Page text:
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Architectural Monstrosities in New York


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#16 ranitidine

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Posted 07 February 2007 - 03:48 PM

I don't know much about architecture, but I know what I like.
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#17 Ron Johnson

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Posted 07 February 2007 - 03:49 PM

I despise tall dark glass buildings. It looks like some sort of redneck window tinting project gone mad.

#18 Blondie

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Posted 07 February 2007 - 04:15 PM

Architecture is about more than aesthetics, though (although that is what strikes us first.) It's also about meaning, social commentary and cultural values that change over time.

Then please, by all means, enlighten us on the meaning, social commentary and cultural values that make that building more than an eyesore. I think Arquitectonica's style is ideally suited to Miami, but out of place in NY. I normally love modern architecture and vivdly remember loving the Spear House when it was first published..

Nicolai Ouroussoff agrees with me:

The way I see it, Arquitectonica has owed New York a decent building. That firm built its reputation with a series of projects in its hometown, Miami, that mixed bold forms and alluring surfaces at bargain prices. But in New York it has produced only clunkers. Its Westin Hotel tower on Eighth Avenue defines cheapness: a collage of gaudy colors with a long, illuminated arc scratched across its facade.

Clearly we are not critiquing it in a scholarly way, but waiting for 20 years for architectural critics to contextualize it wouldn't suit the time frame for this discussion.
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#19 Rail Paul

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Posted 07 February 2007 - 04:19 PM

The Wall Street Journal has an article today about the disconnect between what architects see as great buildings, and what ordinary folk see as great buildings. Few buildings constructed in the past 35 years made the list of great buildings selected by ordinary folks, while one of the most inhospitable places to live (Fallingwater) made the list of great places selected by the professionals.

Article

A survey of Americans' favorite 150 buildings and structures placed the gild-encrusted Italianate behemoth with its choreographed fountains at a lofty No. 22 on the list, tucked between Philadelphia City Hall and New York's Saint John the Divine Cathedral.

"The Bellagio -- I can't believe it," bellows Edward Feiner, a director of the Washington, D.C., office of top corporate architects Skidmore, Owings & Merrill, which has five buildings on the list. "The Bellagio is tasteless."

In the eyes of other beholders, though, the Bellagio is an icon, elevated to that status in a survey commissioned by the American Institute of Architects to suss out how Americans feel about their architecture. In conjunction with its 150th anniversary, the Washington trade group asked Harris Interactive to develop a survey of 2,000 ordinary Americans. They were shown photographs and asked to rate 247 buildings nominated by 2,500 architects in various categories.

Some of the results weren't shocking: the Empire State Building was No. 1, the White House No. 2. But others were surprising. The National Cathedral in Washington, well known but certainly not an icon, came in No. 3, beating out the Golden Gate Bridge (5), the U.S. Capitol (6) and William Van Allen's Chrysler Building in New York (9). Also on the list: Apple Inc.'s new glass cube of a store on Manhattan's Fifth Avenue (53).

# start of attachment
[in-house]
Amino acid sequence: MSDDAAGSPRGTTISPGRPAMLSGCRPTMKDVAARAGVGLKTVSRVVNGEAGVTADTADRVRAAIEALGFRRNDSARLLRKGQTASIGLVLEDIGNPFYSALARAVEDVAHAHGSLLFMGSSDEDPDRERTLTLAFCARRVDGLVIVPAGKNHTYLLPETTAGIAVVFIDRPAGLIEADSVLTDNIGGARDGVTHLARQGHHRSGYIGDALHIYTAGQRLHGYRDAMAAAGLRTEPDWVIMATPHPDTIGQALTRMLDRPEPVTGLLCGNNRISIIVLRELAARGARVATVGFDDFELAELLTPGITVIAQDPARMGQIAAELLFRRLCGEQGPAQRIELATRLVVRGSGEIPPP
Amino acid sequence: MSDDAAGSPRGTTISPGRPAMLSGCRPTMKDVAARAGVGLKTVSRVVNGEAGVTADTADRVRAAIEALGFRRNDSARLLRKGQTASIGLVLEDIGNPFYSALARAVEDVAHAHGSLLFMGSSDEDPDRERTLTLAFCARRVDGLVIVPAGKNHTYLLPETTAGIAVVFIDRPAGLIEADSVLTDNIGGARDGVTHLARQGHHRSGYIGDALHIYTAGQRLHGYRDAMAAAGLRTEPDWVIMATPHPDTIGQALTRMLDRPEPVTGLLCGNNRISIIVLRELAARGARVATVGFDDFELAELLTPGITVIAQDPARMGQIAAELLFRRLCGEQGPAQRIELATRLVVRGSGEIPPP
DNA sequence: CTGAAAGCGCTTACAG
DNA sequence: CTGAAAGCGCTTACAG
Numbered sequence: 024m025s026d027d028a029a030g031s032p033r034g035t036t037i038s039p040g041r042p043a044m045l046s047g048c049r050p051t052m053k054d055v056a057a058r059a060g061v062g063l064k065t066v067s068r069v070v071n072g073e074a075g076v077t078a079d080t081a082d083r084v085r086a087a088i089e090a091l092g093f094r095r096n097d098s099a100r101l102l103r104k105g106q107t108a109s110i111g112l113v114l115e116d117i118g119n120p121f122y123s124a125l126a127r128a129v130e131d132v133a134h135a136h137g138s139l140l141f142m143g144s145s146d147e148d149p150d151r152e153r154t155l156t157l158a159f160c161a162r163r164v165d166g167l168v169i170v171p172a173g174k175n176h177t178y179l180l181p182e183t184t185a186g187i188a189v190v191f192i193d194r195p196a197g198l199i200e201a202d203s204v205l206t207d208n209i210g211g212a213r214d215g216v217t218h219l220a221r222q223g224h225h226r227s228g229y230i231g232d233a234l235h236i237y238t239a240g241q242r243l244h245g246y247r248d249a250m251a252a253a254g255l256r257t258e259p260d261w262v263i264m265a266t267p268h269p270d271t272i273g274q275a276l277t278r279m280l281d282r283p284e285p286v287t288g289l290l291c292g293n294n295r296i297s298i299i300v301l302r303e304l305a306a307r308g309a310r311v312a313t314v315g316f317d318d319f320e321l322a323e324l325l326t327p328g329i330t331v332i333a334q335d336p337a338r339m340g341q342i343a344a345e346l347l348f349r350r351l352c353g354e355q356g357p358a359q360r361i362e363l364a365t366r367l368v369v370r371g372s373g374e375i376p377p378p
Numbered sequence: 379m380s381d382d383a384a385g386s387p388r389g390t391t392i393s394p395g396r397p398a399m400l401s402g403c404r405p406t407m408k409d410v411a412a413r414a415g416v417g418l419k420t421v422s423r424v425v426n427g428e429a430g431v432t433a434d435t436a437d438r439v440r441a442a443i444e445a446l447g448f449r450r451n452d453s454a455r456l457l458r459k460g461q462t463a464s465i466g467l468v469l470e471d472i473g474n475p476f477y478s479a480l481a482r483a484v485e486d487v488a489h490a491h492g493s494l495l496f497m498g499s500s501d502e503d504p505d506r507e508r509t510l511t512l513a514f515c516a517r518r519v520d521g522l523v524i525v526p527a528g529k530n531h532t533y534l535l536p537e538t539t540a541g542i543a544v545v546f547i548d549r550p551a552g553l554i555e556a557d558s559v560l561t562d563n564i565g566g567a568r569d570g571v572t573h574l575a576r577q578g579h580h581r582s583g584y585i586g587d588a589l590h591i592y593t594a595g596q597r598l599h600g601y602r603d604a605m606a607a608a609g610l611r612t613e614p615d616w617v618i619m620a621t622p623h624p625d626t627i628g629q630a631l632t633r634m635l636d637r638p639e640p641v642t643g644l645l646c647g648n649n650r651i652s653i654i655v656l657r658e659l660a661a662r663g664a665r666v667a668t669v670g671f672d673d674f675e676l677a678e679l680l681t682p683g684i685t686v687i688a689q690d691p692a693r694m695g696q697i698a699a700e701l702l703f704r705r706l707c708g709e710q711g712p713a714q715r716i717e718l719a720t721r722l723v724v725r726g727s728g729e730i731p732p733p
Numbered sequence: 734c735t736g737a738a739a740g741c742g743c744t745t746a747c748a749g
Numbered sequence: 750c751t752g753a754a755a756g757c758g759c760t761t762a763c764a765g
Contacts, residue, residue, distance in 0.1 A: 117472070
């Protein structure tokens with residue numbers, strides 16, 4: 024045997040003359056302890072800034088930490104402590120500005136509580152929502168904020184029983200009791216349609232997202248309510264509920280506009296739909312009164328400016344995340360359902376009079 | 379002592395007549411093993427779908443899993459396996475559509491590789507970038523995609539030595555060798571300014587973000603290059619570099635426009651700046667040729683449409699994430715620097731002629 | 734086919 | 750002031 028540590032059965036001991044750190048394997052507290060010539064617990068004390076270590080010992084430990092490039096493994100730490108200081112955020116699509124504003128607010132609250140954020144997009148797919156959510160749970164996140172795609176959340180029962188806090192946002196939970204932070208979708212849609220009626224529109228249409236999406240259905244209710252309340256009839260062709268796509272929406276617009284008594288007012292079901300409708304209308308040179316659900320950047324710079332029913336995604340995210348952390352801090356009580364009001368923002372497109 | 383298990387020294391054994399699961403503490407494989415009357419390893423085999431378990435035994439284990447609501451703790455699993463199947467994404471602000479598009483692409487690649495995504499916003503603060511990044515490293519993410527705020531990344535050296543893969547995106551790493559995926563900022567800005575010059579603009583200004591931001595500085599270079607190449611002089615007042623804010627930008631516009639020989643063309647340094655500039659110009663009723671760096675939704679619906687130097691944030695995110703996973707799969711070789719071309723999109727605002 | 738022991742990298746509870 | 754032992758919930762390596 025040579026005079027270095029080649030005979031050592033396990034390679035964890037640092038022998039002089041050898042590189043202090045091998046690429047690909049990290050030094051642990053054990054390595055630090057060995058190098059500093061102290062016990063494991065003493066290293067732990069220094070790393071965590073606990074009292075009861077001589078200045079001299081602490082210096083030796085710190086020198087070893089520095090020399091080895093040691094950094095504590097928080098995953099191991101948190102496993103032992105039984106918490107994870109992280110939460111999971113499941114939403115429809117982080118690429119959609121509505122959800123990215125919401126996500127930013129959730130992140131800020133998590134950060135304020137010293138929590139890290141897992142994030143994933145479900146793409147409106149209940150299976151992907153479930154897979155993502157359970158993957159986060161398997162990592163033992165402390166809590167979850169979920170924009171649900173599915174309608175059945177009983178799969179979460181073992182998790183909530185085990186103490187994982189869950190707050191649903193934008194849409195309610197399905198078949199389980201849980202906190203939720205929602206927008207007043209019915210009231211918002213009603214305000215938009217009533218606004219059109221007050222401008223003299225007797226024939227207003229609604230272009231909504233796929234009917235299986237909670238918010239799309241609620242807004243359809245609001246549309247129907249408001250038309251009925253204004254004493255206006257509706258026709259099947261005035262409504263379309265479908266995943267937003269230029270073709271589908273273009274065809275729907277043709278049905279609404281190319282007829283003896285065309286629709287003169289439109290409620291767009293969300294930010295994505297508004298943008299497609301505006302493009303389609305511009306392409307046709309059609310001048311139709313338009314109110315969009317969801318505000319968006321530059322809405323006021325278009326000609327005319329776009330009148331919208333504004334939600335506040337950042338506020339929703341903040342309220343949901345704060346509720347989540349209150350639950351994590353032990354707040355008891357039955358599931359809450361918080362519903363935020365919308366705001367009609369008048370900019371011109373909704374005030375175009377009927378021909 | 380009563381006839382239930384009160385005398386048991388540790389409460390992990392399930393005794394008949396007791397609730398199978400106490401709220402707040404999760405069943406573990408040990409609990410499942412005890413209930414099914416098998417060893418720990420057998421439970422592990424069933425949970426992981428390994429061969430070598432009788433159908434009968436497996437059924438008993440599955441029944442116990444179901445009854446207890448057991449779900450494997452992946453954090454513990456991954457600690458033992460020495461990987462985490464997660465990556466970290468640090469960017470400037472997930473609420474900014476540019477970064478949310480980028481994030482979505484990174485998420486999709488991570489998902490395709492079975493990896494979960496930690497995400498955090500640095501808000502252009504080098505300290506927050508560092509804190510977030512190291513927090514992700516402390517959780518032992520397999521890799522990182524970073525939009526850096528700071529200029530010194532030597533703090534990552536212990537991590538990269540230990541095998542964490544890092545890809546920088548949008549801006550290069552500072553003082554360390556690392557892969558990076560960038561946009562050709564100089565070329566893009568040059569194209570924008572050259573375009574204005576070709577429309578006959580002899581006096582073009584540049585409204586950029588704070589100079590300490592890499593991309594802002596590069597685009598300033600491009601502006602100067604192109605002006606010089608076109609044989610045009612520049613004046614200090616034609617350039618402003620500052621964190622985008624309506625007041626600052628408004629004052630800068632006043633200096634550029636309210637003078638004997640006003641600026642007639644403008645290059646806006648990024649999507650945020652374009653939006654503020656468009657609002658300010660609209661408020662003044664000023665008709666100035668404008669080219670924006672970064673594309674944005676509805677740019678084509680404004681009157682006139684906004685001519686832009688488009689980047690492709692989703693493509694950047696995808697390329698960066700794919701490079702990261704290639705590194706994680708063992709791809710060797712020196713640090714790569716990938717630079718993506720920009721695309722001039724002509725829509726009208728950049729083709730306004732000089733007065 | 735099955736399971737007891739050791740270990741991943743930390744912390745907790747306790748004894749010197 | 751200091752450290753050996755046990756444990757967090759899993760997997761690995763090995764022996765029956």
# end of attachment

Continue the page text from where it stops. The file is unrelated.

The ratings, as well as Mr. Feiner's reaction, reveal the tension between architecture as personal expression and public art, between form that pleases those who look at a building and function that nurtures those who use it.



Architects, not surprisingly, dismiss the survey. Others observe the natural conflicts among what architects want to build, what clients force them to build, and what people eventually see.


Some architects are more dismissive. Mark Robbins, dean of architecture at Syracuse University, says the survey "reinforces one's sense that the general public's knowledge of architecture is still limited to things that are big and have columns or have a lot of colored lights." He says the list reminds him of the Zagat guides to restaurants, which rely on customer submissions. "It's only as good as the people who send in reviews. When I lived in Columbus, Ohio, Applebee's was in Zagat's."

To be sure, the poll isn't a true reflection of how people interact and appreciate a building. Respondents were shown static photographs of each building online and were asked to rate them on a scale of one to five. "Buildings unfold in time and space and can't really be understood from a flat pictorial way," says Mr. Robbins.

And architects complain that some keystone buildings in U.S. history are missing from the list. Richard Meier -- whose spare, white designs appear five times on the list with buildings such as the Getty Center in Los Angeles (No. 95), more than any other living architect -- calls the results "fascinating." But, he adds, "many of these things on the list are places people go and enjoy themselves, but I wouldn't consider them works of architecture." He finds it "very curious" that such Modernist architectural standards as Ludwig Mies Van der Rohe's Seagram Building in New York and Farnsworth House in Plano, Ill., aren't on the top 150, nor is Philip Johnson's Glass House, in New Canaan, Conn.

Other notable no-shows: Frank Lloyd Wright's Johnson Wax Building in Racine, Wis., Louis Kahn's Salk Institute in La Jolla, Calif. -- and the recent winner of the Pritzker Prize, a top architectural honor: Mr. Mayne's building for the regional office of California's transportation department in Los Angeles.
[Top]